Antonionian: “Into the Night”[audio:http://alarm-magazine.com/wp-content/uploads/2011/01/06-Into-The-Night.mp3|titles=Antonionian: “Into The Night”]
Antonionian, a.k.a. Anticon affiliate and multi-instrumentalist Jordan Dalyrmple, is known for his drumming and production work with Subtle, General Elektriks, and 13 & God. His solo-project name, Antonionian, is inspired by Italian cinema auteur Michelangelo Antonioni. In this piece, penned exclusively for ALARM, Dalrymple picks four upcoming film releases to watch and, more specifically, hear.
Four Forthcoming Film Scores
1. Cosmopolis by Howard Shore
The general public might know him from the Lord of the Rings movies or, more recently, the Twilight series, but to me, Howard Shore‘s most compelling work has been in collaboration with director David Cronenberg. Starting with The Brood in 1979, Shore helped introduce the “body horror” genre with his dissonant orchestration and spooky synth washes. Videodrome and Naked Lunch wouldn’t be the surreal classics they have become without his otherworldly aural vision. I’m very interested to hear and see what the duo does with a Don Delillo adaptation. Info at www.cosmopolisthefilm.com.
2. We Need To Talk About Kevin by Jonny Greenwood
I’ve always considered Jonny Greenwood to be the most interesting member of Radiohead, and after hearing his scores for Bodysong and There Will Be Blood, I was no less impressed. When the “Popcorn Superhet Receiver” excerpt kicks in with that clattering, cult-y percussion during the pivotal scene in P.T. Anderson‘s epic, I still get chills. Greenwood’s accompaniment to the recent Norwegian Wood is also an intriguing melange of somber string arrangements with lesser known Can jams. Looking forward to his tonal choices for this forthcoming Tilda Swinton thriller.
3. The Future by Jon Brion
Synecdoche, New York‘s brilliance as a film is only matched by its surreal, light-hearted soundtrack by Jon Brion. Punch-Drunk Love was another triumph of wit and beauty that really jelled with its score. With that being said, it makes sense that he would team up with someone as artsy and forward-thinking as Miranda July for her new film, The Future. Brion’s Nilsson-esque charm and July’s hopeless romanticism should make for an engaging experience. Info at www.mirandajuly.com.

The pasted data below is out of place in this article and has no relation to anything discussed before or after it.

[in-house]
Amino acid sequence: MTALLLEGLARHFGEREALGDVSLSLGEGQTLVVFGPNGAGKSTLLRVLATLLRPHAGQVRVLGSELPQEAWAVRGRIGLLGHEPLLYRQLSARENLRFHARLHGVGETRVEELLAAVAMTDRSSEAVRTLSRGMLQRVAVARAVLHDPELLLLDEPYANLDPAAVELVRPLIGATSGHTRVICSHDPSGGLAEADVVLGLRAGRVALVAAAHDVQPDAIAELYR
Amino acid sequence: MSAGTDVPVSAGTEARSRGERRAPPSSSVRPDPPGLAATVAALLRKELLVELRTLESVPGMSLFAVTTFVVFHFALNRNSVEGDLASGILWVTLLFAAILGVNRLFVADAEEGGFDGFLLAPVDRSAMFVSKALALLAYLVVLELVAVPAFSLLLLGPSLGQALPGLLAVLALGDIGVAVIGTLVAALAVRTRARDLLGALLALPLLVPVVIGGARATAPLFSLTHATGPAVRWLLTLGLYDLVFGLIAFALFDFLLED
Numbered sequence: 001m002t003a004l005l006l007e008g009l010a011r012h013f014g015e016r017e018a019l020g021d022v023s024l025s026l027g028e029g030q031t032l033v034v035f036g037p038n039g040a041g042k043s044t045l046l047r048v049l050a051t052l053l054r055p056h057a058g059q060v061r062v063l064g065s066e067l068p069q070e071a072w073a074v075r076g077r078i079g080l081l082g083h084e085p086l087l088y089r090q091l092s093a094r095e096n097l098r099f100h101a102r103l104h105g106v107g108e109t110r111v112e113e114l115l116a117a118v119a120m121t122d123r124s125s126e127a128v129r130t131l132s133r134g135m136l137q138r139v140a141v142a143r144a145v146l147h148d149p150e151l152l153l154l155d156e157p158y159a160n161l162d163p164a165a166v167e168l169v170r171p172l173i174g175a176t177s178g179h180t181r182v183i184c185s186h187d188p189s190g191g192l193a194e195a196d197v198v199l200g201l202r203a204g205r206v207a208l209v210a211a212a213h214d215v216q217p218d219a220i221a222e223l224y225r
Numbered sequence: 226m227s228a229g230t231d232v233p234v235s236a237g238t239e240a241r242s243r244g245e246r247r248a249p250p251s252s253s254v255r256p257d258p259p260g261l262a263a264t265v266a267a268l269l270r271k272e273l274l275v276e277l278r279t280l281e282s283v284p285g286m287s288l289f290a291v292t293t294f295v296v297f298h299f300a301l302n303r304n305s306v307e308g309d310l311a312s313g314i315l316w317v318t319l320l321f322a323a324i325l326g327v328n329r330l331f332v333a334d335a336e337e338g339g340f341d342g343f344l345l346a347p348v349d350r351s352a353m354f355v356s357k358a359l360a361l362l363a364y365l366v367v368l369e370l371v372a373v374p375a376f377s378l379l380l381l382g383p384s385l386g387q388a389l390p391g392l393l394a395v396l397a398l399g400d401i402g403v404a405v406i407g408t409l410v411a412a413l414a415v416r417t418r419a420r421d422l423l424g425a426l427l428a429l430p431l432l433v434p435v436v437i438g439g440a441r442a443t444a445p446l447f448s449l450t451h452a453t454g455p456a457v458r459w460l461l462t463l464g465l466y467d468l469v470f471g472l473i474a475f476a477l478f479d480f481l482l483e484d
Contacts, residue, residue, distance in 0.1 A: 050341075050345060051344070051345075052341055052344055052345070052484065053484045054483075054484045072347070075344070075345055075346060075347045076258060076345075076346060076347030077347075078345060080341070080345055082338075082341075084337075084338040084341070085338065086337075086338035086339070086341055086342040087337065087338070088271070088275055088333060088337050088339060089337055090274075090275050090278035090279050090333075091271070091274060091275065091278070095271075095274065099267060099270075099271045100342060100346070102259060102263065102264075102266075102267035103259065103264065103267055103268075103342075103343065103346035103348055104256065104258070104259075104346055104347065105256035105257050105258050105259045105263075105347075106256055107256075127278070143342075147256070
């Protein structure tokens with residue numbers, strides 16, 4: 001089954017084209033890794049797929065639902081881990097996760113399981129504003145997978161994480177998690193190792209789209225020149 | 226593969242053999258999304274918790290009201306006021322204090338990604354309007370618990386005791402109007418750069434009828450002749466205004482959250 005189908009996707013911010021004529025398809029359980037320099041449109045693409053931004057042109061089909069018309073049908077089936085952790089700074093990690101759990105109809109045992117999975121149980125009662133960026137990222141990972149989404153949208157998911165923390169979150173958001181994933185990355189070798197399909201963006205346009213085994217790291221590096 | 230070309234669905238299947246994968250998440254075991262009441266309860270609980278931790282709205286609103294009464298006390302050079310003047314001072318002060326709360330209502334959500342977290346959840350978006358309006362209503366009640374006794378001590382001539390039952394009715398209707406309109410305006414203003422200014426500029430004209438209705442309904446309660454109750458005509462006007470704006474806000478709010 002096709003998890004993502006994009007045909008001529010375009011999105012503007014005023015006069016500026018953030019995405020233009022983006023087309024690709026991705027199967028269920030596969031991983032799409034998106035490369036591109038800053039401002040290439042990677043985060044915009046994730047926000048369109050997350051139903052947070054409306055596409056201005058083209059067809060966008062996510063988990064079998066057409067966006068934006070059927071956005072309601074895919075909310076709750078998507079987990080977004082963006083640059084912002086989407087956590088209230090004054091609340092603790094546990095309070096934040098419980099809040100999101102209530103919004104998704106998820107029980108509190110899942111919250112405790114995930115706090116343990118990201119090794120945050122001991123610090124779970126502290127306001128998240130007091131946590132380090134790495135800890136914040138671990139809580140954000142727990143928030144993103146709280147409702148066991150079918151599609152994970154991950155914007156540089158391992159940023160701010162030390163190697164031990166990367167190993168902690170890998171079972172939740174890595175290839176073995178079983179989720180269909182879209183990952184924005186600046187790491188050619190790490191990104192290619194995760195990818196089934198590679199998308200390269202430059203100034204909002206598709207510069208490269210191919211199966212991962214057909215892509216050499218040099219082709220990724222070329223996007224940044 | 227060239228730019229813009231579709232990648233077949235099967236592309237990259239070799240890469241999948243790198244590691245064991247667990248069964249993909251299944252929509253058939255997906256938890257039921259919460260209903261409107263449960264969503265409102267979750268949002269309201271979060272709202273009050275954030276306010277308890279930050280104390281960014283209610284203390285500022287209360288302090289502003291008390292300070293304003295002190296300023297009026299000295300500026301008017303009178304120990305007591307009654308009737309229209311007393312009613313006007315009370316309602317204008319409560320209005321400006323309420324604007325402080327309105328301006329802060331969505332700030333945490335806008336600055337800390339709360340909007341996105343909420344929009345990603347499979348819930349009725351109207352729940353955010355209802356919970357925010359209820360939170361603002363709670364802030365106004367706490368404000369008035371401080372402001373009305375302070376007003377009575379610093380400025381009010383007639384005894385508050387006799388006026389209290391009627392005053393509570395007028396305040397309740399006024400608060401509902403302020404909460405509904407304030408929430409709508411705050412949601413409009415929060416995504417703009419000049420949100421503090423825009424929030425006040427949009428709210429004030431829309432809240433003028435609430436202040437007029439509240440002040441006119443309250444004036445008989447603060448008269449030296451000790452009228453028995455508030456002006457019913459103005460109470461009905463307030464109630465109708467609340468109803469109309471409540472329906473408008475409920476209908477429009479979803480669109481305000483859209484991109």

4. Khu by Jonathan Bepler
Matthew Barney‘s Cremaster series was so visually arresting that one might overlook the genius of Jonathan Bepler‘s scores. With Khu, an interpretation of the Norman Mailer novel Ancient Evenings, Barney and Bepler seem to have integrated performance art, music, and film into an entirely new form. I’m not sure that it qualifies as a proper film score, but with a sonic palette incorporating such unusual elements as trombone choir, giant harp, and breath mask, its inclusion on this list seemed to be a necessity. There’s a short clip from the score on Bepler’s website, www.jonathanbepler.com.
[Have you pre-ordered yet? Don’t forget to visit the Kickstarter page for Chromatic: The Crossroads of Color and Music, our next book that profiles independent musicians and artists who explore color in unorthodox ways.]